“Love consists in this, that two solitudes protect, touch, and greet each other.” —Rainer Maria Rilke

Image for post
Image for post

Tomorrow, Friday, February 12, two days before Valentine’s Day, Sasha Cagen, patron saint of those of us who love solitude as much as we love intimacy, strictly on our terms, is hosting a grand party for all. Sasha calls the bash Pre-Quirkyalone Day Party, and all are invited.

You can find out more about quirky Sasha Cagen at her web site. Sasha first coined the term “quirkyalone” a while ago. She authored the Quirkyalone: A Manifesto for Uncompromising Romantics and founded the quirkyalone movement.

Sasha says “I have been writing, talking, thinking, coaching, and teaching about living an inspired, empowered…


A seawothy view of San Francisco, the bridges, and skyline from the bay wins any beauty contest, oars down.

Image for post
Image for post
Rowers sometimes find their wooden rowboats dwarfed by container ships. All photos: Nanda Palmieri

Fellow Dolphin Club member Nanda Palmieri shared these images from a recent rowing outing in the club’s handcrafted wooden boats. It was one of the bay’s calmer days, no big swells or fierce wind gusts. They had encounters with big vessels in their shipping lane, a gull’s eye view of the city skyline and the Marin Headlands—it doesn’t get much more serene and gratifying.


She floats like a butterfly, stings like a bee, and gives lessons in botanicals.

Image for post
Image for post
Photo by Alfred Schrock on Unsplash

I had been working at Rodale Press in Emmaus, Pennsylvania, for six months that fateful afternoon of June 15, 1981. My boss, Charlie Gerras, called me into his office and asked if I would drive an out-of-town visitor, with some French-sounding name, to Rodale’s organic farm. Looking out his window, I couldn’t hear the crickets I knew were buzzing, but I could see the thickness of early summer gathering like phlegm.

Sure, I said with forced enthusiasm. Charlie, wheelchair-bound since a diving accident years ago, had been a prince of an editor to hire me to write cookbooks, given my…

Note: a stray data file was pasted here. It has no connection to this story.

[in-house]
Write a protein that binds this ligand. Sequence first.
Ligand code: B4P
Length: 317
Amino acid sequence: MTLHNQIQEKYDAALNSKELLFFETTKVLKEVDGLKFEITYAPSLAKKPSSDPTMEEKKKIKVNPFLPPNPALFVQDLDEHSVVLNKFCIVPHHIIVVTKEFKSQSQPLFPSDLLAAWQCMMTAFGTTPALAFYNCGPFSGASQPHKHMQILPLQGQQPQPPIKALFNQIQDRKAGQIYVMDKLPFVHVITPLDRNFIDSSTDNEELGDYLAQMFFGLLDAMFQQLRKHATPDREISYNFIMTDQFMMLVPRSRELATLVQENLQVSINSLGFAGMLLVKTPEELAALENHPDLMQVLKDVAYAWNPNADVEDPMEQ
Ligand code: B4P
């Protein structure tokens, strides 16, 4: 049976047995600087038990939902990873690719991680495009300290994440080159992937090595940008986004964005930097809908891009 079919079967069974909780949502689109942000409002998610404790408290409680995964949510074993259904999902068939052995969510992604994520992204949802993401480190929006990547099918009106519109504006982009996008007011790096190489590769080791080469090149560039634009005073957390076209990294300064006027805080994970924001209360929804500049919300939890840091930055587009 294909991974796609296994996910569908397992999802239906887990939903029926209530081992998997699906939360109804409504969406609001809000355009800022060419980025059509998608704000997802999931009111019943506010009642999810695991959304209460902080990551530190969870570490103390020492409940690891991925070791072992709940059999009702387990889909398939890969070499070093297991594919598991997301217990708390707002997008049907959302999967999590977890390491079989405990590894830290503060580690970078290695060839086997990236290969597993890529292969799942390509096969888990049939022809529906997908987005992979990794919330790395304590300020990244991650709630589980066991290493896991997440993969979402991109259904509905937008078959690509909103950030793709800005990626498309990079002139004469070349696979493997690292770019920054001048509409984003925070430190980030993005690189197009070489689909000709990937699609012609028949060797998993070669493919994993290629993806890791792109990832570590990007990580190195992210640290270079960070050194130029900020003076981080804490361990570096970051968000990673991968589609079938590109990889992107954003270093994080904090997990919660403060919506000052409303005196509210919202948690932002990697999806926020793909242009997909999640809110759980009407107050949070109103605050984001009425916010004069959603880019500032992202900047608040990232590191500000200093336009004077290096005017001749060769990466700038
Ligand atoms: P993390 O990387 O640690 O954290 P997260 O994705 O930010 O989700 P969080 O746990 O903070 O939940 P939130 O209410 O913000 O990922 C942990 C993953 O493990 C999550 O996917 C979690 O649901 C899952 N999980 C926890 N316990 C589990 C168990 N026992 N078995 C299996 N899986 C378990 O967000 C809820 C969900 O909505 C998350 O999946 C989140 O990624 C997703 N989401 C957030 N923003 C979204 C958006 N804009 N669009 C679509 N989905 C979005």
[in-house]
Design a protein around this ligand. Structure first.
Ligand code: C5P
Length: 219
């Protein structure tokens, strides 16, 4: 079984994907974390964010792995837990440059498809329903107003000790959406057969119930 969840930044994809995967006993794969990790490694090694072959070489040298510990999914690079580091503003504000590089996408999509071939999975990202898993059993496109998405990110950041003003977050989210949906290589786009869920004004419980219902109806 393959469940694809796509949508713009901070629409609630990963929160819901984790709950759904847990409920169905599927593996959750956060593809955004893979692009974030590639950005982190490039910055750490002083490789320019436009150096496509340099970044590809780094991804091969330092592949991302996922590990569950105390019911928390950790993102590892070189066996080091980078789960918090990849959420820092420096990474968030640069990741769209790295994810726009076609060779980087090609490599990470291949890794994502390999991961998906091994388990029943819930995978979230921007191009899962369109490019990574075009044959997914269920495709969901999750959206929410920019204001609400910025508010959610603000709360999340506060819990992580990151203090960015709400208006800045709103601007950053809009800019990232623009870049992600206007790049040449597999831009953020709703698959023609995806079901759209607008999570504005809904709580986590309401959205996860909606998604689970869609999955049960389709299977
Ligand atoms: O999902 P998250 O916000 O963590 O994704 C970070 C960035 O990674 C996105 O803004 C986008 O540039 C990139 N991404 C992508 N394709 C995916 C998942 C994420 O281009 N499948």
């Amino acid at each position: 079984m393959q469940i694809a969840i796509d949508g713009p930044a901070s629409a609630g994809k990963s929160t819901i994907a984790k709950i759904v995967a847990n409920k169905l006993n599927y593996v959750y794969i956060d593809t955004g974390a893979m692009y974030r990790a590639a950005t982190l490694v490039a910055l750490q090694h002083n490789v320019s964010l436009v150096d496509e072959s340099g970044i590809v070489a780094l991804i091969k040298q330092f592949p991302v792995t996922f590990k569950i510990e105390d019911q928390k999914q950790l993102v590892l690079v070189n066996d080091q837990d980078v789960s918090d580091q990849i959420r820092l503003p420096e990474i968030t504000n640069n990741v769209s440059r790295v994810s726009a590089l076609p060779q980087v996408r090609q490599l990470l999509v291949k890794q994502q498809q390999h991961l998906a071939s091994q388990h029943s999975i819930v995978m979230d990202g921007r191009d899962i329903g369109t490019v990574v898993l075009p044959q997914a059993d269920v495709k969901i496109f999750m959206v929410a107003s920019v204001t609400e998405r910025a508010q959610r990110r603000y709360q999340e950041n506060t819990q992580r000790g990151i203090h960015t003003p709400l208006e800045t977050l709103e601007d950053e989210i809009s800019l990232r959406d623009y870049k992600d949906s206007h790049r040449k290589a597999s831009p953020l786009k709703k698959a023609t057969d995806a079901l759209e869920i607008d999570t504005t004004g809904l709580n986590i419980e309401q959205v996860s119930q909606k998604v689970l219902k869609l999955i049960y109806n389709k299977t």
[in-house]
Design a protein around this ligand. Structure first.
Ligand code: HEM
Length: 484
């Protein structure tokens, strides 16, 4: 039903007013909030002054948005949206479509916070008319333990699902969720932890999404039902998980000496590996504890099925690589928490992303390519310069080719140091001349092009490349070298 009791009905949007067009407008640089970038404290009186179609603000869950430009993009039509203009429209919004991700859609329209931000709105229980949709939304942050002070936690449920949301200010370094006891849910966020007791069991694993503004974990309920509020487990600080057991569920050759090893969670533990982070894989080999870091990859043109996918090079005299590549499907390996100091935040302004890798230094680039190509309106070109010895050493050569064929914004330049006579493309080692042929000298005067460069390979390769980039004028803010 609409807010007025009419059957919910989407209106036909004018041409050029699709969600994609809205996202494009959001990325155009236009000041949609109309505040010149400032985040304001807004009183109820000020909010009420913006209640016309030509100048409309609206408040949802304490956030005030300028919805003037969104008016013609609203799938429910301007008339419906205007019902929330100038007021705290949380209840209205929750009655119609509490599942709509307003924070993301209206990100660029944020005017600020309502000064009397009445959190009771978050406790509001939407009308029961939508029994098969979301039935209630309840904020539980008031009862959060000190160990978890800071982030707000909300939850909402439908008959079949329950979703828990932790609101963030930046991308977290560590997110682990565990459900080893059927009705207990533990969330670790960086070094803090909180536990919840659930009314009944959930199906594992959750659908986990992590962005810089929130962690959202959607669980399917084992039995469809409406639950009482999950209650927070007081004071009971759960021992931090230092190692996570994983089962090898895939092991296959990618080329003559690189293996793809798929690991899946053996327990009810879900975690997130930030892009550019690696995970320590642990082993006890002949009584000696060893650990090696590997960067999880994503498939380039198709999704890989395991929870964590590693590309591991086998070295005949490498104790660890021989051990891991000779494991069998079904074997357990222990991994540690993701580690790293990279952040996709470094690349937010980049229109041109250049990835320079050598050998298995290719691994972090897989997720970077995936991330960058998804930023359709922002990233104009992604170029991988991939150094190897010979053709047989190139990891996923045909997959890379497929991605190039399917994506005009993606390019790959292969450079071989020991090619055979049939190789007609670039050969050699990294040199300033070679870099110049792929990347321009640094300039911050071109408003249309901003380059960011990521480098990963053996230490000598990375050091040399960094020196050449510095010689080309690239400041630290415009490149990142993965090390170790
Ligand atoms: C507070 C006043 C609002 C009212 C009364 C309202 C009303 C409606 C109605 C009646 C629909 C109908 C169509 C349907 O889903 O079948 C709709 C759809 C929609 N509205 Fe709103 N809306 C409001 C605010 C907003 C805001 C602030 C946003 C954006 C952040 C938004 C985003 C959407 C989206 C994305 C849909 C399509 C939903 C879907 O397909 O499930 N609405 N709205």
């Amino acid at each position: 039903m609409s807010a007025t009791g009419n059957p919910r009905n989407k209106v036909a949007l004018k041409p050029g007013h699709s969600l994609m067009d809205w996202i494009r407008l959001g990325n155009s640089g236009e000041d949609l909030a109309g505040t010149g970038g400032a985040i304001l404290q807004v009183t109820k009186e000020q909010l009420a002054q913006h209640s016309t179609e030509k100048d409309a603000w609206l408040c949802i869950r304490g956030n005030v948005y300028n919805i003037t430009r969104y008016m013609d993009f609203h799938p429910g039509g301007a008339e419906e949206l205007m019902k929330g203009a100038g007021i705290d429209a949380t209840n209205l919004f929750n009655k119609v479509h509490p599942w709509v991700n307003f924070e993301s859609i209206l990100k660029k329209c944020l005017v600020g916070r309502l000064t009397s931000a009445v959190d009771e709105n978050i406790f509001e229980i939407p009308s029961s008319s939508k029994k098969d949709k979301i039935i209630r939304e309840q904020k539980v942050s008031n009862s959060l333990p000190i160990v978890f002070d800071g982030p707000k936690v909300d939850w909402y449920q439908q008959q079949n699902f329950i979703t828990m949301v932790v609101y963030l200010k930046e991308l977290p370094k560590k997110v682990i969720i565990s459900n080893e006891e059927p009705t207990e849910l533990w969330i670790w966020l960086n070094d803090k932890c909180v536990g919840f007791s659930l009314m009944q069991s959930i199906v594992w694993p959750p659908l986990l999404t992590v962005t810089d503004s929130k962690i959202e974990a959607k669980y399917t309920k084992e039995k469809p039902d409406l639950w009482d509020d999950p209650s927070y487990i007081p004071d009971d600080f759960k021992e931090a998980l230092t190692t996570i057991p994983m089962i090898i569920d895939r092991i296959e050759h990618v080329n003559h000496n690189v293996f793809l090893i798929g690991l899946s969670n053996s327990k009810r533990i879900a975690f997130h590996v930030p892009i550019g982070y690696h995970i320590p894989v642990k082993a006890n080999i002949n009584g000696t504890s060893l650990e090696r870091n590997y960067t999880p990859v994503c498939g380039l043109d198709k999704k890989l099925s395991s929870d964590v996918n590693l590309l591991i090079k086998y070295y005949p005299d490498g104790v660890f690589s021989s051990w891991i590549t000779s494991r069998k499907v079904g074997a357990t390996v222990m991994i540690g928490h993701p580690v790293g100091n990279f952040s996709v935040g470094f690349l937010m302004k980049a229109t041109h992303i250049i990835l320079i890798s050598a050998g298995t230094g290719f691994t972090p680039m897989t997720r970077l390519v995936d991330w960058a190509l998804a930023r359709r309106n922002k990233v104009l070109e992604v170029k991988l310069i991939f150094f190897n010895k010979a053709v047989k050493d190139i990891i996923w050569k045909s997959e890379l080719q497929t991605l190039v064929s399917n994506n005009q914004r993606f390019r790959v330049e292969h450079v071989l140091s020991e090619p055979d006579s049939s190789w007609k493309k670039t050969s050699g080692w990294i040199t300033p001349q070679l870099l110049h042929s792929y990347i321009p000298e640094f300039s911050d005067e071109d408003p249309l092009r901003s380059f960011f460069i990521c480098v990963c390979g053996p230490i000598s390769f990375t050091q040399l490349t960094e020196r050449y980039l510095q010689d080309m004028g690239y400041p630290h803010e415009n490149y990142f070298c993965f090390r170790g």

His aphrodisiac power excites a glow in some men usually reserved for one’s sweetheart.

Image for post
Image for post
Henry Kissinger has been on both ends of the homoerotic stick. Photo: Wikimedia Commons

My neighborhood Trump lover appears nothing like the Neanderthals (uncivilized and unintelligent) seen in images of January 6th’s insurrection. Rudy, I’ll call him, comes across as a regular guy. He is always cordial, well-mannered, divorced and friends with his ex-wife. Rudy, who is attractive, can be an insufferable spouter of his hero’s greatness but you can also engage him on other topics.

Still there was something unsettling I noticed about Rudy some months ago. He smiled sheepishly as he was eager to show me a photo of Trump in his thirties. I could almost feel Rudy’s heart swell as he…


“The loneliness of the friendless is a special horror,” writes Herbert Gold.

Image for post
Image for post
The 96-year-old’s book of poetry with ironic title. Photo: Camille Cusumano

I first met Herb Gold, author of numerous works of fiction and non-fiction, at a press event hosted by the French consulate in San Francisco. Years passed, careers and family demands waxed and waned. Then, a year ago, the stars aligned, we got in touch and have become good friends, in an organic sort of way, the way writers who are weary of strutting and fretting their hour upon stage are drawn to each other. (Even if one of them is obscure, the other a famous who’s who.) Friendship with few demands, other than sharing company, brews naturally—with easy come…

Camille Cusumano

Author(ity) in/on San Francisco. Novel, essay, memoir. Teaches tango. Travel, outdoors, culture. Former editor at VIA Mag.

Get the Medium app

A button that says 'Download on the App Store', and if clicked it will lead you to the iOS App store
A button that says 'Get it on, Google Play', and if clicked it will lead you to the Google Play store